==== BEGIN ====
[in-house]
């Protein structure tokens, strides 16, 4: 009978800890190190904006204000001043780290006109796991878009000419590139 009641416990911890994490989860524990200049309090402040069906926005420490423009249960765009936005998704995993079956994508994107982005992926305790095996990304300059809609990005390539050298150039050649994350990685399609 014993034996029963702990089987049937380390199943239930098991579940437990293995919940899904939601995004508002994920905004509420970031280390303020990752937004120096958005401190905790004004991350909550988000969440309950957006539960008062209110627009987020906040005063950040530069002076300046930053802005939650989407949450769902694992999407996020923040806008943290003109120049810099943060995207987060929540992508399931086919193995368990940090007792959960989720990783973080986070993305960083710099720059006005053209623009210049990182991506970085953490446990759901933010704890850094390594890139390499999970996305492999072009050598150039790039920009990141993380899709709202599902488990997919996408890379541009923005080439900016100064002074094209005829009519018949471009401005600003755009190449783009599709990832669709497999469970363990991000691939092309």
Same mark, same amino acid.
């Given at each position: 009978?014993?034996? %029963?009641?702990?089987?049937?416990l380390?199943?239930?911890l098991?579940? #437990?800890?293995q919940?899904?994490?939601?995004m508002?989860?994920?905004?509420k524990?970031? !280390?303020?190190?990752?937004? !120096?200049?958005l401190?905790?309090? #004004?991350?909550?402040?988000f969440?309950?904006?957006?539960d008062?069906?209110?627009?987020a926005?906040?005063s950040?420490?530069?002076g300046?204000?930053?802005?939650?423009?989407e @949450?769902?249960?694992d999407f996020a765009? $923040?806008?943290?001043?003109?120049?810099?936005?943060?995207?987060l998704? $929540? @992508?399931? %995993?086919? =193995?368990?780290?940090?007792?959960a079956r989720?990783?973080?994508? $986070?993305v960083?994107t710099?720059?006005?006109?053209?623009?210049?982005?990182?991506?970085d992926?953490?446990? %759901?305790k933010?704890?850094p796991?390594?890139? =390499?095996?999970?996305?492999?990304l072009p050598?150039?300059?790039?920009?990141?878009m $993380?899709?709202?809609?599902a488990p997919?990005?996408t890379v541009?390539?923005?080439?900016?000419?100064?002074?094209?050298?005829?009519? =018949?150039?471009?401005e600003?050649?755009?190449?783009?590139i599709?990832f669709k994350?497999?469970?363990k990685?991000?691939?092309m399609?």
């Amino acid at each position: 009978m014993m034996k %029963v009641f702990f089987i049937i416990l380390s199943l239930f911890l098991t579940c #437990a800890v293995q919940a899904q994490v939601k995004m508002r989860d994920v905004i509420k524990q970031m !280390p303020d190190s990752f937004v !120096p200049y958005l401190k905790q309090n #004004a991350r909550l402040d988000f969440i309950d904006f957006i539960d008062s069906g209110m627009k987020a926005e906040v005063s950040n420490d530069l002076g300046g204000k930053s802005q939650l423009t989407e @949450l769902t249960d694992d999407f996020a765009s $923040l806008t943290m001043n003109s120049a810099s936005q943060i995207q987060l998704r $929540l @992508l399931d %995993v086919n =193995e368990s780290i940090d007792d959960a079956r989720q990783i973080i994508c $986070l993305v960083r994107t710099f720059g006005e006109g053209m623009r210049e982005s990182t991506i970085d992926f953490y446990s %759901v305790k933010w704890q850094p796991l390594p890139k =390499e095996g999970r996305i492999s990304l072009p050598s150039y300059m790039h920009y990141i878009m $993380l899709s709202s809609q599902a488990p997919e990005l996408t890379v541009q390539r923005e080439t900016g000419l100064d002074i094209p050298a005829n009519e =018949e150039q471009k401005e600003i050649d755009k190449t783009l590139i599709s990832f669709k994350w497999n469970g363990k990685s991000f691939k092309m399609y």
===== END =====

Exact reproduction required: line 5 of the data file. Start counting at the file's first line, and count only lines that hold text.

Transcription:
């Amino acid at each position: 009978m014993m034996k %029963v009641f702990f089987i049937i416990l380390s199943l239930f911890l098991t579940c #437990a800890v293995q919940a899904q994490v939601k995004m508002r989860d994920v905004i509420k524990q970031m !280390p303020d190190s990752f937004v !120096p200049y958005l401190k905790q309090n #004004a991350r909550l402040d988000f969440i309950d904006f957006i539960d008062s069906g209110m627009k987020a926005e906040v005063s950040n420490d530069l002076g300046g204000k930053s802005q939650l423009t989407e @949450l769902t249960d694992d999407f996020a765009s $923040l806008t943290m001043n003109s120049a810099s936005q943060i995207q987060l998704r $929540l @992508l399931d %995993v086919n =193995e368990s780290i940090d007792d959960a079956r989720q990783i973080i994508c $986070l993305v960083r994107t710099f720059g006005e006109g053209m623009r210049e982005s990182t991506i970085d992926f953490y446990s %759901v305790k933010w704890q850094p796991l390594p890139k =390499e095996g999970r996305i492999s990304l072009p050598s150039y300059m790039h920009y990141i878009m $993380l899709s709202s809609q599902a488990p997919e990005l996408t890379v541009q390539r923005e080439t900016g000419l100064d002074i094209p050298a005829n009519e =018949e150039q471009k401005e600003i050649d755009k190449t783009l590139i599709s990832f669709k994350w497999n469970g363990k990685s991000f691939k092309m399609y």